At Wellington, March 3, 5, 6,7. West Indies won by nine wickets. Due mainly to the recall of Taylor, whose only previous Test appearance was against England nine years earlier, New Zealand gave a more spirited batting performance. Taylor's enterprising stroke-play in both innings was in refreshing contrast to the timidity of most of his colleagues. The chief batting honours, however, again went to Weekes who gave a sparkling display of clean hitting on the opening day, when the New Zealanders wasted a great chance of taking a grip on the game. Cave and MacGibbon sent back Pairaudeau, Goddard and Smith while the West Indies score rose from 117 to 119 and then Weekes, who had scored only 2, was dropped at slip. Weekes gave New Zealand abundant reason to regret this lapse which was the most important of several. He reached his third successive Test century in two and a quarter hours and shared in three-figures stands with Atkinson and Binns.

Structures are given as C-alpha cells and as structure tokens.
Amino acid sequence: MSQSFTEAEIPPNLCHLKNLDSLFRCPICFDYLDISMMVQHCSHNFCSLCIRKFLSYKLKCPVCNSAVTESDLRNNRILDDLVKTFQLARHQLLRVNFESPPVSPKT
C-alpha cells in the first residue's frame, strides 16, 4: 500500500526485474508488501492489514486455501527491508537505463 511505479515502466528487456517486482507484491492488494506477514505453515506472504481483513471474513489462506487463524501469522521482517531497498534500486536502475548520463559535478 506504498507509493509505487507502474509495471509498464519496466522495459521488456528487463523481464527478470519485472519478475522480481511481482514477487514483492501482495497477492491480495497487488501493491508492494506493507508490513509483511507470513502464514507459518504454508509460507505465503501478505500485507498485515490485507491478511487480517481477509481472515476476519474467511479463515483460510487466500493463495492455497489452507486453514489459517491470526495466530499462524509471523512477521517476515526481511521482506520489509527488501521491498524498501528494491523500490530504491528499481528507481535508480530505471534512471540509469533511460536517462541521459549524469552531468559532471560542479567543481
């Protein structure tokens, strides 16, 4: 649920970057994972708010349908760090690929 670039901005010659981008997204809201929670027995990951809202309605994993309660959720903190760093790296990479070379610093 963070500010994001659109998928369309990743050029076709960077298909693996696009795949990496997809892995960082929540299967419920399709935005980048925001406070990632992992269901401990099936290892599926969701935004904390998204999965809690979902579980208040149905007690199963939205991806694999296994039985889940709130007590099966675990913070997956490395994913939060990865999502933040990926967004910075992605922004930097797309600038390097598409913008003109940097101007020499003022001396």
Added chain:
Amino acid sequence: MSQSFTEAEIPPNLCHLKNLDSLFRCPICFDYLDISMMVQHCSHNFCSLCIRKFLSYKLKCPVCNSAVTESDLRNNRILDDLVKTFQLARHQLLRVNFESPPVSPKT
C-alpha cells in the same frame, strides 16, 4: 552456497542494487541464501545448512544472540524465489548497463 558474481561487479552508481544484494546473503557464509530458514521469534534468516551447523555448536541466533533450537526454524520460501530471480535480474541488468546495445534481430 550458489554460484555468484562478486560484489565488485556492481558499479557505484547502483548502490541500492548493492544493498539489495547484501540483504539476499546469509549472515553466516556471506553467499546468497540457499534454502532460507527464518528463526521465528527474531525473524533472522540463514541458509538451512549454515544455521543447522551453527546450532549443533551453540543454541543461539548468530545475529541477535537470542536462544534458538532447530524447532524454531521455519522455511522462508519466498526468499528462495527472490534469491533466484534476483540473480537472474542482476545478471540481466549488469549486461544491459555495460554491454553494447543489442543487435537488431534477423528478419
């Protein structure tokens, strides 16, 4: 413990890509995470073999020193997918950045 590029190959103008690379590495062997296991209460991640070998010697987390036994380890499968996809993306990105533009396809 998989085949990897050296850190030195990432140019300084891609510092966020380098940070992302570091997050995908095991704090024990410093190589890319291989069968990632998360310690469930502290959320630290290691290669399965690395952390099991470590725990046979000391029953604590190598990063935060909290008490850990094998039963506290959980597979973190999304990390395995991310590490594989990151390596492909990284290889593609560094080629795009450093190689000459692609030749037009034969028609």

New Zealand were soon in deeper trouble, their score slumping from 23 for none to 28 for four, before Beck joined Taylor in a promising stand. A mix-up between the two caused Taylor to be run out by the length of the pitch but Beck, who spent nearly five hours over 55, found another valuable partner in Guillen. Following on 196 behind, New Zealand were indebted again to Taylor for narrowly avoiding their third consecutive innings defeat. Atkinson bowled his medium paced deliveries with commendable accuracy.
© John Wisden & Co